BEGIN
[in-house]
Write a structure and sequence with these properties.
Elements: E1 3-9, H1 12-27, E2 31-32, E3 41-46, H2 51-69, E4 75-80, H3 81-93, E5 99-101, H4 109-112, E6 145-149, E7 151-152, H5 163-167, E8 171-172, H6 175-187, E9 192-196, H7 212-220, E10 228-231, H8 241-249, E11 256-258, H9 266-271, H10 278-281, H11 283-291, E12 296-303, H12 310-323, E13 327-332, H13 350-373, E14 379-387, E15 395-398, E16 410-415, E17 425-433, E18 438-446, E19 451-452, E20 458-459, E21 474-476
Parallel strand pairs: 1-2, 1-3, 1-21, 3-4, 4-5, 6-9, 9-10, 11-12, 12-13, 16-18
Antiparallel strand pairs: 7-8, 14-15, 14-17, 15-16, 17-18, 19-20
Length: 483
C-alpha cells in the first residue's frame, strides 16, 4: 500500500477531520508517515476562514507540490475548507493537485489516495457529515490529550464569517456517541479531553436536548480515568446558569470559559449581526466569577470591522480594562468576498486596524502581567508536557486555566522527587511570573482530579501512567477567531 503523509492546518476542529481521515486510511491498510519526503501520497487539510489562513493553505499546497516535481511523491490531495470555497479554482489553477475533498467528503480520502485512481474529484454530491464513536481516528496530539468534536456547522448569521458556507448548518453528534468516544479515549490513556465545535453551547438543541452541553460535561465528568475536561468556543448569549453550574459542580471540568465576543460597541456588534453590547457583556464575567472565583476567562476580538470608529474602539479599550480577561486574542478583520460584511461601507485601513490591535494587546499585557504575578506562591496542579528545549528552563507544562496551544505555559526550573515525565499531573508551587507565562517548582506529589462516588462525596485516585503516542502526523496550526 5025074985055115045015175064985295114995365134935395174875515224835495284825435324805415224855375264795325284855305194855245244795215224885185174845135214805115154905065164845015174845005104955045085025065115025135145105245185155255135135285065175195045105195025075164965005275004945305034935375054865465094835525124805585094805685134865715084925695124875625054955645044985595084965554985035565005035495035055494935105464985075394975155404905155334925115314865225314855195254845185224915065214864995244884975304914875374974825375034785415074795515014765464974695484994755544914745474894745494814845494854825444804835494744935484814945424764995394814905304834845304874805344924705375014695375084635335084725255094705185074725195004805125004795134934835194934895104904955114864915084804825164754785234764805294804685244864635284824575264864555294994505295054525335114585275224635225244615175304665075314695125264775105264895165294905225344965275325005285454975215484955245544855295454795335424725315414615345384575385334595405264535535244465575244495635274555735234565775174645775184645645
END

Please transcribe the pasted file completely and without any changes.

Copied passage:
[in-house]
Write a structure and sequence with these properties.
Elements: E1 3-9, H1 12-27, E2 31-32, E3 41-46, H2 51-69, E4 75-80, H3 81-93, E5 99-101, H4 109-112, E6 145-149, E7 151-152, H5 163-167, E8 171-172, H6 175-187, E9 192-196, H7 212-220, E10 228-231, H8 241-249, E11 256-258, H9 266-271, H10 278-281, H11 283-291, E12 296-303, H12 310-323, E13 327-332, H13 350-373, E14 379-387, E15 395-398, E16 410-415, E17 425-433, E18 438-446, E19 451-452, E20 458-459, E21 474-476
Parallel strand pairs: 1-2, 1-3, 1-21, 3-4, 4-5, 6-9, 9-10, 11-12, 12-13, 16-18
Antiparallel strand pairs: 7-8, 14-15, 14-17, 15-16, 17-18, 19-20
Length: 483
C-alpha cells in the first residue's frame, strides 16, 4: 500500500477531520508517515476562514507540490475548507493537485489516495457529515490529550464569517456517541479531553436536548480515568446558569470559559449581526466569577470591522480594562468576498486596524502581567508536557486555566522527587511570573482530579501512567477567531 503523509492546518476542529481521515486510511491498510519526503501520497487539510489562513493553505499546497516535481511523491490531495470555497479554482489553477475533498467528503480520502485512481474529484454530491464513536481516528496530539468534536456547522448569521458556507448548518453528534468516544479515549490513556465545535453551547438543541452541553460535561465528568475536561468556543448569549453550574459542580471540568465576543460597541456588534453590547457583556464575567472565583476567562476580538470608529474602539479599550480577561486574542478583520460584511461601507485601513490591535494587546499585557504575578506562591496542579528545549528552563507544562496551544505555559526550573515525565499531573508551587507565562517548582506529589462516588462525596485516585503516542502526523496550526 5025074985055115045015175064985295114995365134935395174875515224835495284825435324805415224855375264795325284855305194855245244795215224885185174845135214805115154905065164845015174845005104955045085025065115025135145105245185155255135135285065175195045105195025075164965005275004945305034935375054865465094835525124805585094805685134865715084925695124875625054955645044985595084965554985035565005035495035055494935105464985075394975155404905155334925115314865225314855195254845185224915065214864995244884975304914875374974825375034785415074795515014765464974695484994755544914745474894745494814845494854825444804835494744935484814945424764995394814905304834845304874805344924705375014695375084635335084725255094705185074725195004805125004795134934835194934895104904955114864915084804825164754785234764805294804685244864635284824575264864555294994505295054525335114585275224635225244615175304665075314695125264775105264895165294905225344965275325005285454975215484955245544855295454795335424725315414615345384575385334595405264535535244465575244495635274555735234565775174645775184645645